It takes an incredible amount of self control and accuracy to hit a charging bear’s eye with an arrow, but if Russel Ferster hadn’t possessed both, he and his little brother would likely be mauled or dead today.

Ferster was hoping to put his archery skills to good use September 11, 2016, but not on a bear, and certainly not in a life-or-death situation. He and his 11-year-old brother, Lane, were elk hunting in Montana’s Crazy Mountains when a black bear responded to their cow call.

“We weren’t even fifteen minutes out of the pickup and I decided to cow call twice,” Ferster told the Billings Gazette.

The bear burst from nearby cover and closed to within 15 yards in an instant. Ferster said it appeared to be after the “elk” and not after he and his brother. Ferster has had this occur before while elk hunting, so he raised his hands and shouted at the bear as he had done in the past.

This bear, however, wasn’t deterred.

The bear began pouncing up and down on its front legs, much like a grizzly does when it presses down on a recently killed animal. Ferster is used to dealing with grizzlies, too, so much so that he has quit hunting in several areas that held the bigger bears. But despite his usual caution, he had failed to bring either a handgun or bear spray with him on this elk hunt.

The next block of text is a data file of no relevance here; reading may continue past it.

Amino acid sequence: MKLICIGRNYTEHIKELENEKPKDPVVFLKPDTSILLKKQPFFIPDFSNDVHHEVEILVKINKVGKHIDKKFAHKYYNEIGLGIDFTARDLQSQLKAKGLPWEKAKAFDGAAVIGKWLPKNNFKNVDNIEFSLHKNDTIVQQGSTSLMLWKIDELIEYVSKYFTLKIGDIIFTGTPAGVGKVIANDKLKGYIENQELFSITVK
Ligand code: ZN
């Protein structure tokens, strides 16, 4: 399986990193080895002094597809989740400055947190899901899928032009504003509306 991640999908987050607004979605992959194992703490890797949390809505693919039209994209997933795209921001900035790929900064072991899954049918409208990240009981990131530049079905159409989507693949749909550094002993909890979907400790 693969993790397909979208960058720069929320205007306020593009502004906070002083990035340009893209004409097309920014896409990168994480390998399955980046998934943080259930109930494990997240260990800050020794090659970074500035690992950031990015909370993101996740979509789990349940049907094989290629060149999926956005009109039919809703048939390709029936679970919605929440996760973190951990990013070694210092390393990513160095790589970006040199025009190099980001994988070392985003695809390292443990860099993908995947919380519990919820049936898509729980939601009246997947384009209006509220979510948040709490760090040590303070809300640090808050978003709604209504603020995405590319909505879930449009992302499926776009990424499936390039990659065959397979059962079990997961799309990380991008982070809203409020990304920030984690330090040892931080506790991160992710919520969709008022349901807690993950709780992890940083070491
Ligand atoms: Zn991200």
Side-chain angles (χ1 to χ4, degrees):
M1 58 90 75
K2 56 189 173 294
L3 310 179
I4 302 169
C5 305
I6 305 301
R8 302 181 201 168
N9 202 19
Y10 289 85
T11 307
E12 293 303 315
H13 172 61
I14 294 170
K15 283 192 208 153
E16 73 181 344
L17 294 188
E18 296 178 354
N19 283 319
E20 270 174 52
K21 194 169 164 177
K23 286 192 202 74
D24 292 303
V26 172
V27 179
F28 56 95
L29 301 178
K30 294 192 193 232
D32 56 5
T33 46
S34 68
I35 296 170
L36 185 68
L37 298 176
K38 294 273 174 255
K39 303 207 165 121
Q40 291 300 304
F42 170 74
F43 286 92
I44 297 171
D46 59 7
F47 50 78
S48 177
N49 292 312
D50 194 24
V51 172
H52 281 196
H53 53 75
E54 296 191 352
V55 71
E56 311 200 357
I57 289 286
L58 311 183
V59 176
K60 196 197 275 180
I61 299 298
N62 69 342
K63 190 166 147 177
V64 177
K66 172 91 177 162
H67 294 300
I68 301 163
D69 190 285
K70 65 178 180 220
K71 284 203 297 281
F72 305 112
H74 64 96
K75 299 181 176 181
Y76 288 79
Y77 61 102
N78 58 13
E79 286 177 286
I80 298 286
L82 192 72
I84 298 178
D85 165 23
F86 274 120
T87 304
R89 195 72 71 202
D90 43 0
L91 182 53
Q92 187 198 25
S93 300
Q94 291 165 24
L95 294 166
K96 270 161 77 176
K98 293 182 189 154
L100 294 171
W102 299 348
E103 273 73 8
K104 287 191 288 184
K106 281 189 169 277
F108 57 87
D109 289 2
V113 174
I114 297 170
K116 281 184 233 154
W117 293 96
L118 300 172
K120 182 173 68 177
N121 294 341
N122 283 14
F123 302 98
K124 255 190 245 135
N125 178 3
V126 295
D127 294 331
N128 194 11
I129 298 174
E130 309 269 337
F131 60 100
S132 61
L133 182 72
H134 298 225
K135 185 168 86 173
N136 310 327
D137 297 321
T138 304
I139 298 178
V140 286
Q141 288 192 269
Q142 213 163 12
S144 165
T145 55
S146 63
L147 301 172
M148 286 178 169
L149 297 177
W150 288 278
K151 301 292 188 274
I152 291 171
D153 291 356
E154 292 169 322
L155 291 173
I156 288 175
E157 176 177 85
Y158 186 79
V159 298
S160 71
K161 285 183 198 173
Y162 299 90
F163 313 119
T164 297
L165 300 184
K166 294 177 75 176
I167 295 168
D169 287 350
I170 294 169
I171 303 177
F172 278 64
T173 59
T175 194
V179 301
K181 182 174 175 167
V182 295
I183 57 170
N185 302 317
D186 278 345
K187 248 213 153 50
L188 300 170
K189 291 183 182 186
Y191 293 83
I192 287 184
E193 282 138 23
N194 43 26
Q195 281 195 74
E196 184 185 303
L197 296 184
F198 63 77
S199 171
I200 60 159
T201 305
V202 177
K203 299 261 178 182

He drew his bow in readiness for a possible attack, but his movement caused the bear to surge toward him.

“He came at 100 miles an hour,” Ferster said. “I had a split second to aim and hit him in the only place that would stop him in his tracks.”

That place was the eye. His arrow met the bear’s left eye, driving inward and upward through the bear’s head. It dropped the bear almost at Ferster’s feet, the broadhead lodged just inside its skull and the nock touching Ferster’s leg.

Ferster has so much adrenaline pumping through him he had to lie down on the ground. Lane wasn’t able to talk about the attack for half an hour afterward, and while both hunters have returned to the woods since then, they admitted that a bit of fear was present now.

A taxidermist later told Ferster that, had the arrow penetrated 1/16th of an inch less, the bear would not have been stopped. A handgun and bear spray are always on Ferster’s hip when he hunts now, regardless of the chance of grizzlies.